If you are on a low budget and want to travel by lowest class sleeper trains, you need to have a mummy liner and a travel pillow. The ones linked there are the ones I have used for years. You’ll also want a 4-foot chain to hook your bag to the bottom of the train beds so no one steals it. People get on and off all night long and theft is common. Another thing that helped people immensely was traveling with a headlamp. Power outages are common so it’s good when you have to get up at night and use the bathroom or when you are on sleeper buses.

Currency and Budget:

It’s possible to budget 1200 Rs per day (around $20). You can try for 800-1000 but you will be seriously struggling to keep that budget – I’m talking hitchhiking, worst guesthouses, and dal with rice every meal.


Yes, it’s true that Indians do eat with their right (clean) hand. It is part of their culture and one that you will probably enjoy adapting to. Most tourists places will have silverware so you don’t have to if you don’t want to. PLEASE keep in mind that if you get sick, it could be because India is dirty and you haven’t washed your hands; try not to blame establishments as you really don’t know what could have been the cause.

Food in the North of India is totally different from that in the South! While you travel, you’ll notice differences in the dal, curries, bread, and even flavors of rice. The North has rich, creamy, buttery curries that they eat with roti or naan. Tandoori is very big in North India. The North is quite vegetarian in areas though, and even have places that are strictly veg (you can’t even have an egg, like Pushkar). The South has more coconut milk based curries, they tend to be lighter and maybe healthier.

Taxis and rickshaws:

Other than using trains and buses (or flying) to get from town A to town B, you will also need to get around within the town. In most towns the cheapest and easiest way is to hail a rickshaw which are the funny little buggies with three wheels. In some cities they still have bicycle rickshaws but there are far less than there used to be. When you catch a rickshaw or taxi it is the law in most cities that they should turn their meter on. This doesn’t always happen. If they say no, you can try other rickshaws and if you have no luck then you need to negotiate a price before you get in the rickshaw.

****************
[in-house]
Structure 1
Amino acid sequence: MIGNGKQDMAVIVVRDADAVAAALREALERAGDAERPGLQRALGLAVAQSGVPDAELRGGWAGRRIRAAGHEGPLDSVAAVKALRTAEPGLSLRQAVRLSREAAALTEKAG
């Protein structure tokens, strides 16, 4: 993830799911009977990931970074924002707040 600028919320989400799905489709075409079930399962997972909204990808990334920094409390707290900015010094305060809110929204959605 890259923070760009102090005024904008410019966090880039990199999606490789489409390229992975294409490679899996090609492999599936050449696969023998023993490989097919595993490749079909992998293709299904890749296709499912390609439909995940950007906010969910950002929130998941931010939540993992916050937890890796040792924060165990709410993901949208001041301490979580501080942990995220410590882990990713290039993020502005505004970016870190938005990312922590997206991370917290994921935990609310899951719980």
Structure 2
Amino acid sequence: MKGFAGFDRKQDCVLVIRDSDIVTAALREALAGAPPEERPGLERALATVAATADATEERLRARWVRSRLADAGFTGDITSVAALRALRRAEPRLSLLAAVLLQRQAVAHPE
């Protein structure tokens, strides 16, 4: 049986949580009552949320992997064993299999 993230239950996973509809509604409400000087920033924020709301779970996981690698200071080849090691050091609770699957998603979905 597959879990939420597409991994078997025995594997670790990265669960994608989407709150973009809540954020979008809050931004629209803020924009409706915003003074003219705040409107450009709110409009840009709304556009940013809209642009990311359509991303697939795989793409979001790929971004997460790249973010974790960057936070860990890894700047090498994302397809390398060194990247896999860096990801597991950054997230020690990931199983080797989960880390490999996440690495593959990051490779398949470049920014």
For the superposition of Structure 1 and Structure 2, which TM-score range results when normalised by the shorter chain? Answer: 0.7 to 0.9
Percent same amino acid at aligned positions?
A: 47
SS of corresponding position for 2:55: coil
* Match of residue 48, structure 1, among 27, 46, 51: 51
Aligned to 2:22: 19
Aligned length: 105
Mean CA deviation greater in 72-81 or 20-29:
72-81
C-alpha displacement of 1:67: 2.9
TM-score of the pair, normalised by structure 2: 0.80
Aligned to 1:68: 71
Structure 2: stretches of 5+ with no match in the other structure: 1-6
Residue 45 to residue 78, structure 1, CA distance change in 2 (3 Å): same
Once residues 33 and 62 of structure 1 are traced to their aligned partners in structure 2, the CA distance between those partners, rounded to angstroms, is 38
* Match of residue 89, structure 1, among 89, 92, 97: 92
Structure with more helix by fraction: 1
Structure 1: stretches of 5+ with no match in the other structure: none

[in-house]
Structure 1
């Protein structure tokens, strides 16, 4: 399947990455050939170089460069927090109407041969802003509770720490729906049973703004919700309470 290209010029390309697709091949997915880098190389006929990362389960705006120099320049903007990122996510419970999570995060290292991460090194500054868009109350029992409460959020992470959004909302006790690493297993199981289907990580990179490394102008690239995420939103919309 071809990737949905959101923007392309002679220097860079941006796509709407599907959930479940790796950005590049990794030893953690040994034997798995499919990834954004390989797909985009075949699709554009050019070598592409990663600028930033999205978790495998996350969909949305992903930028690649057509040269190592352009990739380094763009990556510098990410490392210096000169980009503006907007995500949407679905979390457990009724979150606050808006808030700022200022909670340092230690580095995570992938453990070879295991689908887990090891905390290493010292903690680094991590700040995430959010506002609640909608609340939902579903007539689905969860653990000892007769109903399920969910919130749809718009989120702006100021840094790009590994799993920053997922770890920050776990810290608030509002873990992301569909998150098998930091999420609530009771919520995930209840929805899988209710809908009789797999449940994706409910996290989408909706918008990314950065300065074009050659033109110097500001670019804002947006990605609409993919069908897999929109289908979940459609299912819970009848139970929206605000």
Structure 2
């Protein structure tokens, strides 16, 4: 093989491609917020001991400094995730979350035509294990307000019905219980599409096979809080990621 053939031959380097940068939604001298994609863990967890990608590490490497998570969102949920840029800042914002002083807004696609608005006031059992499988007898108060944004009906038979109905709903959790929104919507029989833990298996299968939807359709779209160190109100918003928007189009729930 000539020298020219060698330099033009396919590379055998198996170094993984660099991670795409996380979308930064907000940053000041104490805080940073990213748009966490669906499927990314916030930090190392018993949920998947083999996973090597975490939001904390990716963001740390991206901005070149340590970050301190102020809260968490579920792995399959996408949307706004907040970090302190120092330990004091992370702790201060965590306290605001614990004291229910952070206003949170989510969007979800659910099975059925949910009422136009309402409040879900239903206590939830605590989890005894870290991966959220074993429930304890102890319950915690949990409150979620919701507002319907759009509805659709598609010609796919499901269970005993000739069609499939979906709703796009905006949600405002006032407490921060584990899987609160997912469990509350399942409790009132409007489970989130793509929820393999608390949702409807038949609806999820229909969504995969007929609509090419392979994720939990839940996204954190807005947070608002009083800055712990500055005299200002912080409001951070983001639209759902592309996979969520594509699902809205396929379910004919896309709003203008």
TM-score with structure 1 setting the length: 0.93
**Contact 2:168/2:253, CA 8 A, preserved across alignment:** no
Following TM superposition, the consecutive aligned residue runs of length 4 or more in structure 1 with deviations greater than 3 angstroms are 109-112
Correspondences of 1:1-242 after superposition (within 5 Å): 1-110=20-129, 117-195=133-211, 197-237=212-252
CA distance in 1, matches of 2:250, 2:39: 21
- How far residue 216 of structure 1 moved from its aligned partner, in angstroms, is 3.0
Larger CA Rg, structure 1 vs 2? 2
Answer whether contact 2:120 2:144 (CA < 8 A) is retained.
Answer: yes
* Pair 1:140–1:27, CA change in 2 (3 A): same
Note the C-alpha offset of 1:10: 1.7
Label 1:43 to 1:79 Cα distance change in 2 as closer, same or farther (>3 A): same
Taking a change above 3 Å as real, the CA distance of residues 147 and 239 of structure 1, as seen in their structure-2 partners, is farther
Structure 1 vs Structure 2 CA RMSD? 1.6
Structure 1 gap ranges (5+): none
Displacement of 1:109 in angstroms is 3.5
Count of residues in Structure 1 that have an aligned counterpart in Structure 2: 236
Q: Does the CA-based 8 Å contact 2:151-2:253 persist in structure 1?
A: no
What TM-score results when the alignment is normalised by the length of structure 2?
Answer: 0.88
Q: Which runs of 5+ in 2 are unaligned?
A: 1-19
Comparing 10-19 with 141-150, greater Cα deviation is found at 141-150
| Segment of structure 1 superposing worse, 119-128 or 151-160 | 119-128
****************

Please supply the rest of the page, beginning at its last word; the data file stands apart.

Top tourists love:

I am going to list out some of the top tourists town and then a few words on what they are known for. I’ll start in Northern India and work my way down then wrap up the East side. There are more amazing places in India than this, but I would guess about 90% of first time travelers to India stick to these places.

Leh – ultimate Himalayan experience, trekking

McLeod Ganj / Dharamsala – the Dalai Lama, Tibetan culture in the mountains

Manali – base for trekking, hippie zone

Shimla – cute hill station, looks straight from a movie

Rishikesh – the Beatles ashram, yoga teacher training, spiritual experiences

Delhi – chaos and the real India!

Agra – Taj Mahal

Jaipur – amazing palaces, shopping, “pink city”

Udaipur – most romantic, white palace in the lake, the “Venice of India”

Jodhpur -the “blue city”, incredible fort

Jaisalmer – camel safaris in the Thar desert

Pushkar – holy lake, sunrise hill, spiritual place

Amritsar – the Golden Temple and the Wagah border

Madhya Pradesh – jungle and tiger tours

Mumbai – Bollywood, hectic amazing city, Gateway to India

Goa – trance parties, beach chill time, laid-back

Alleppey – houseboat on the backwaters

Kochi – Chinese fishing nets

Varkala – surfing

Pondicherry – French colony, surfing


If you found my article helpful, let me know in the comments below.